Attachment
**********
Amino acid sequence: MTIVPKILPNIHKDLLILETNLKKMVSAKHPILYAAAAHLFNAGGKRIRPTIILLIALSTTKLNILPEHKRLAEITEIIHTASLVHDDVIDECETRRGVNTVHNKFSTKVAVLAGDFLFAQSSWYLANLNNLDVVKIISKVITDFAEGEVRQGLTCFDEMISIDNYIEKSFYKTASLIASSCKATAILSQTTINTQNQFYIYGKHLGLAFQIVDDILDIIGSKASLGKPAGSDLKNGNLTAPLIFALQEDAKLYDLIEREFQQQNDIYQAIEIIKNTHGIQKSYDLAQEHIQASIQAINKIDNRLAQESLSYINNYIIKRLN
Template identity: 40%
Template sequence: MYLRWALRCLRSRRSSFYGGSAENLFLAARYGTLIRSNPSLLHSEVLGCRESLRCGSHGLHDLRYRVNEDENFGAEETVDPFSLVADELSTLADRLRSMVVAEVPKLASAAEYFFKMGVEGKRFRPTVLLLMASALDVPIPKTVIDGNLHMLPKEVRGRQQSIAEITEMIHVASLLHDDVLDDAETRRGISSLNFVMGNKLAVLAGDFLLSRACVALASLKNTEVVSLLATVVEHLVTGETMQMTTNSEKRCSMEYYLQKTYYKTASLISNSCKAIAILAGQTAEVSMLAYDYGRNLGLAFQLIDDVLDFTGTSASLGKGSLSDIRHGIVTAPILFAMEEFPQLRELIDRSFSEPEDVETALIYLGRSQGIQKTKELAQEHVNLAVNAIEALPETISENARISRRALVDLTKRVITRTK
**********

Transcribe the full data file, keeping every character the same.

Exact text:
Amino acid sequence: MTIVPKILPNIHKDLLILETNLKKMVSAKHPILYAAAAHLFNAGGKRIRPTIILLIALSTTKLNILPEHKRLAEITEIIHTASLVHDDVIDECETRRGVNTVHNKFSTKVAVLAGDFLFAQSSWYLANLNNLDVVKIISKVITDFAEGEVRQGLTCFDEMISIDNYIEKSFYKTASLIASSCKATAILSQTTINTQNQFYIYGKHLGLAFQIVDDILDIIGSKASLGKPAGSDLKNGNLTAPLIFALQEDAKLYDLIEREFQQQNDIYQAIEIIKNTHGIQKSYDLAQEHIQASIQAINKIDNRLAQESLSYINNYIIKRLN
Template identity: 40%
Template sequence: MYLRWALRCLRSRRSSFYGGSAENLFLAARYGTLIRSNPSLLHSEVLGCRESLRCGSHGLHDLRYRVNEDENFGAEETVDPFSLVADELSTLADRLRSMVVAEVPKLASAAEYFFKMGVEGKRFRPTVLLLMASALDVPIPKTVIDGNLHMLPKEVRGRQQSIAEITEMIHVASLLHDDVLDDAETRRGISSLNFVMGNKLAVLAGDFLLSRACVALASLKNTEVVSLLATVVEHLVTGETMQMTTNSEKRCSMEYYLQKTYYKTASLISNSCKAIAILAGQTAEVSMLAYDYGRNLGLAFQLIDDVLDFTGTSASLGKGSLSDIRHGIVTAPILFAMEEFPQLRELIDRSFSEPEDVETALIYLGRSQGIQKTKELAQEHVNLAVNAIEALPETISENARISRRALVDLTKRVITRTK